"Hero's reception" awaits Pakistani teen back home
But the Taliban still have her in their sights. It will be interesting to see what she and her parents decide.
Malala Yousafzai, the Pak 15-year-old shot by the Taliban for advocating for education for females, has come out of her coma and was able to stand Friday, in her hospital room in England.

She was described as looking bright and alert. Word of that set off celebrations in Pakistain.

The daughter of the late Pak leader Benazir Bhutto
... 11th Prime Minister of Pakistain in two non-consecutive terms from 1988 until 1990 and 1993 until 1996. She was the daughter of Zulfikar Ali Bhutto, founder of the Pakistain People's Party, who was murdered at the instigation of General Ayub Khan. She was murdered in her turn by person or persons unknown while campaigning in late 2007. Suspects include, to note just a few, Baitullah Mehsud, General Pervez Musharraf, the ISI, al-Qaeda in Pakistain, and her husband, Asif Ali Zardari, who shows remarkably little curiosity about who done her in...
tweeted, "Miracles of today! Malala able to stand."

Malala's story "really has galvanized both that country and the world," says Gayle Lemmon, deputy director of the Women and Policy program of the Council on Foreign Relations and author of the best-seller on life under the Taliban, "The Dressmaker of Khair Khana."

"She's a symbol of so many other maidens of tender years you never meet who brave danger, acid attacks, the threat of poisoning every day just for the simple act of going into a classroom and sitting and learning," Lemmon continued. "You may able to shoot a 15-year-old girl but you can't kill an idea, and I think she has become only more powerful, a symbol of the fight to go to school every day."

Lemmon told "CBS This Morning: Saturday" co-hosts she doesn't expect Malala to cower in the face of Taliban threats to kill her. "Look," Lemmon said, "if they threatened her and she didn't give up before they shot her, you can imagine that, after they shot her, she's not going to be quiet. She said in 2009 that 'they cannot stop me.' And I cannot imagine now, that the word has actually been forced to pay attention to the fight of these brave maidens of tender years, who have really been armed only with backpacks in their struggle to go to school, that shoe' going to back down now."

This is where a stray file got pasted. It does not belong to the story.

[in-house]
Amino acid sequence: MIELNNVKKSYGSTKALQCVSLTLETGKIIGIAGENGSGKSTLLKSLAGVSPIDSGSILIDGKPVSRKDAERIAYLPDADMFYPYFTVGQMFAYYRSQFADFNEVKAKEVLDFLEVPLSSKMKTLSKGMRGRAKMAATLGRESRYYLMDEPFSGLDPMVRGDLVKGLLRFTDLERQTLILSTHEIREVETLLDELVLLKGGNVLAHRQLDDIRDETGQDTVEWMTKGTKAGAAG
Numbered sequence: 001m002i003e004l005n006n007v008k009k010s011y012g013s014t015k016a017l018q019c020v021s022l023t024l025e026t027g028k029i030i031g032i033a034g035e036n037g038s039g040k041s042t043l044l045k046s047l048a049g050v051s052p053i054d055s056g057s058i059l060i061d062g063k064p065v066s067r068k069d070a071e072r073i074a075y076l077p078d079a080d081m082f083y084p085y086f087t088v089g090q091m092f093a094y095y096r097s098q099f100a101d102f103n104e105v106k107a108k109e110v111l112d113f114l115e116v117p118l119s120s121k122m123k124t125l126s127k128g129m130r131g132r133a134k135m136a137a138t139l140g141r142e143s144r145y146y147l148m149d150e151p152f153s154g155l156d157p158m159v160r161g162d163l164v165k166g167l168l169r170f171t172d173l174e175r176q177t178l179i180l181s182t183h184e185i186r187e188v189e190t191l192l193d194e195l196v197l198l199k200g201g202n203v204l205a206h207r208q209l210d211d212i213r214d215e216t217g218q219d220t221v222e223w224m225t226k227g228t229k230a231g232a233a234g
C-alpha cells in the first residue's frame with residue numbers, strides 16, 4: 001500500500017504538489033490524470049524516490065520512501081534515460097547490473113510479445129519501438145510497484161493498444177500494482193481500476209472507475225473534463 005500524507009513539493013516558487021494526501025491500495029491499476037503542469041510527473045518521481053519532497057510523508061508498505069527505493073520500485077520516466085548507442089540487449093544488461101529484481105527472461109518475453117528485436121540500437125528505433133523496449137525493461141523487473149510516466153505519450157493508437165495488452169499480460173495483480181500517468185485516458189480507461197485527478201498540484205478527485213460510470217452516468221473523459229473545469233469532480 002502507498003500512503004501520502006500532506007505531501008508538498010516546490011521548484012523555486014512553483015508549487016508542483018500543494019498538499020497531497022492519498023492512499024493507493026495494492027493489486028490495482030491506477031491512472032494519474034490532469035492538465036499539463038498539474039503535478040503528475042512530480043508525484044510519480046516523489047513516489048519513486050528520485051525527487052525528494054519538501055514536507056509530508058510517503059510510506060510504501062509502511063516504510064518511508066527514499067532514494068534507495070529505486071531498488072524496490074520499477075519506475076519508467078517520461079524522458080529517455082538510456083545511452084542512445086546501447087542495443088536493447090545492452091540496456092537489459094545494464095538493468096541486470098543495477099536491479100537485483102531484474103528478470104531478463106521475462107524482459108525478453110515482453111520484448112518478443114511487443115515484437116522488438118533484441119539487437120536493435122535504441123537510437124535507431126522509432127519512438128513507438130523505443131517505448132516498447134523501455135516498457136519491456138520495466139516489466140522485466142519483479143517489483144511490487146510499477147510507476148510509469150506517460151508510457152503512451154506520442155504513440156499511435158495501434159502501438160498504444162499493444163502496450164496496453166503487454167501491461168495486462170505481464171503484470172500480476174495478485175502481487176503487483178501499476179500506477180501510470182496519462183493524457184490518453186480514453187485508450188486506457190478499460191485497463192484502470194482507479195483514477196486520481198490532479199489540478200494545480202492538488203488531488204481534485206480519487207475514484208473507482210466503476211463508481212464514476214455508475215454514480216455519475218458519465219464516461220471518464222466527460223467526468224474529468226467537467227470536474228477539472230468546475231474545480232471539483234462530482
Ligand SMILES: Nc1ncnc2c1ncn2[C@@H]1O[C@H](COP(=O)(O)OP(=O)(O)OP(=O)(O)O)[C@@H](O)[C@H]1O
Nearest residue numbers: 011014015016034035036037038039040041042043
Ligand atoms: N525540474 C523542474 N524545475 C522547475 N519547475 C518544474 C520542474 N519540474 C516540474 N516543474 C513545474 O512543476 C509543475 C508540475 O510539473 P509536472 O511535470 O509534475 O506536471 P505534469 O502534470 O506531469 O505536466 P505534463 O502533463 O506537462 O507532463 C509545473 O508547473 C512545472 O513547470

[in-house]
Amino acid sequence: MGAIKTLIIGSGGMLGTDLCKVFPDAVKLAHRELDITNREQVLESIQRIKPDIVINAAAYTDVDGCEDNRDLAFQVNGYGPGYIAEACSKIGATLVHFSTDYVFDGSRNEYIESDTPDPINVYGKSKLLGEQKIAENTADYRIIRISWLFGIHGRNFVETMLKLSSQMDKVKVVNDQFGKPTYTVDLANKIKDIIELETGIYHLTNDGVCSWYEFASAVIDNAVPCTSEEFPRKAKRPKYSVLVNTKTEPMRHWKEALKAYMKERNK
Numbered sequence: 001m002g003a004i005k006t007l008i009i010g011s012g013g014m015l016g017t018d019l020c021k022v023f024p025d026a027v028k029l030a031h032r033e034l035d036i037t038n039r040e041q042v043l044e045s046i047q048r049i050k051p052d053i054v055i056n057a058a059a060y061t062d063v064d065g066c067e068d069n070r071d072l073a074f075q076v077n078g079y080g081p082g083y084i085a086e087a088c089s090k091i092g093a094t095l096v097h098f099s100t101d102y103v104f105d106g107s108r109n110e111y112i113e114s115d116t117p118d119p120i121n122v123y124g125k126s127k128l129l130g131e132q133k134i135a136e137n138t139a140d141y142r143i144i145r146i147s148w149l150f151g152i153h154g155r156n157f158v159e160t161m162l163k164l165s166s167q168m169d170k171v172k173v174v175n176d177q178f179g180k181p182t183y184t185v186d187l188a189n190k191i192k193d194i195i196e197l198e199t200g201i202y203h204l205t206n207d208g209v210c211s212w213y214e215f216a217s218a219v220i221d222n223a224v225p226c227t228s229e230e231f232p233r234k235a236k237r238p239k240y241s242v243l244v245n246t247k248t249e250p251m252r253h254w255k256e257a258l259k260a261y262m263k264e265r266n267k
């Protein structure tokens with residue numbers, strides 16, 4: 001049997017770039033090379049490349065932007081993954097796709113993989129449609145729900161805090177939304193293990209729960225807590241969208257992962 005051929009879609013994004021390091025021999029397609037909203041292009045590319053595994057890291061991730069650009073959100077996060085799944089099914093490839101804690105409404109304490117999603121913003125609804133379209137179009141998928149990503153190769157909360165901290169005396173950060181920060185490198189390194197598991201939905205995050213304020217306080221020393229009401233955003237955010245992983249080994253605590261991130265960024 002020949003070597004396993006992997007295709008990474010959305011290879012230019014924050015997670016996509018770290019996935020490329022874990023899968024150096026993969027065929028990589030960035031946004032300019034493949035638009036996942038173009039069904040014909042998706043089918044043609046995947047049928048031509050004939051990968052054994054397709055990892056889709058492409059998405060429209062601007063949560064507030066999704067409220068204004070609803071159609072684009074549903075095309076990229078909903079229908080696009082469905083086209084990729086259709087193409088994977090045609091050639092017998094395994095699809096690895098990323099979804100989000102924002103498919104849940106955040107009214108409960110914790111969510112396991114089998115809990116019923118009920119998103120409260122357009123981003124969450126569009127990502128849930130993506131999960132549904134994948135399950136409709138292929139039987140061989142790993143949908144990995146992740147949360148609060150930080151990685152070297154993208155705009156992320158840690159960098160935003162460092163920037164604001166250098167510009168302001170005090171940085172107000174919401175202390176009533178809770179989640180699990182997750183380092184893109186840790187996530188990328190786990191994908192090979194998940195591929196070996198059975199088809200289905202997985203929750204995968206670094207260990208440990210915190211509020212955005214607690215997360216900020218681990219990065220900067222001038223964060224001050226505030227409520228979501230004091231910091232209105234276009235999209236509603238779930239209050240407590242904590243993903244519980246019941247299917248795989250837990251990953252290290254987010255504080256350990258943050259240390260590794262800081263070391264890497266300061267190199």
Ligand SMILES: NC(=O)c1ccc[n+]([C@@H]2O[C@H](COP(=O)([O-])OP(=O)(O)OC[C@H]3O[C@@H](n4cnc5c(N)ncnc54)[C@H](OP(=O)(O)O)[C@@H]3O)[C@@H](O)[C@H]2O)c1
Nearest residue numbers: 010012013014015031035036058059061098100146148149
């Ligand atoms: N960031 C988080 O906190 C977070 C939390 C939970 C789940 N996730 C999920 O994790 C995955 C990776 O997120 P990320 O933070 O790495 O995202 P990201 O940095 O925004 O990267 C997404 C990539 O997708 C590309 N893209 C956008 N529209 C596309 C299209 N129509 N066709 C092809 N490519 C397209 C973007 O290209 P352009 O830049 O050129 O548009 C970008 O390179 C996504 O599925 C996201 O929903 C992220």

When Malala returns home, after a long recovery and rehabilitation in England, "I think she will be greeted with a hero's reception because, really, there are so many young women who have the same story," Lemmon said. "You know, they fight all the time -- with the support of their fathers, just as Mala did. And yet, almost no one pays attention to their struggle until something this extreme and this awful really forces the world to pay attention to these homegrown role models.

"I have spent years interviewing women who braved real personal danger to set up living room classrooms and girls who braved their familys' security just to sit there. And a lot of times I'm asked, 'Is this a Western import or a foreign import?' The truth is, even when the world forgets these girls, they fight themselves for the right to go to stool. And I think what Mala's story has done is made it impossible to look away and impossible to forget about these girls' struggle."

Posted by: Fred 2012-10-21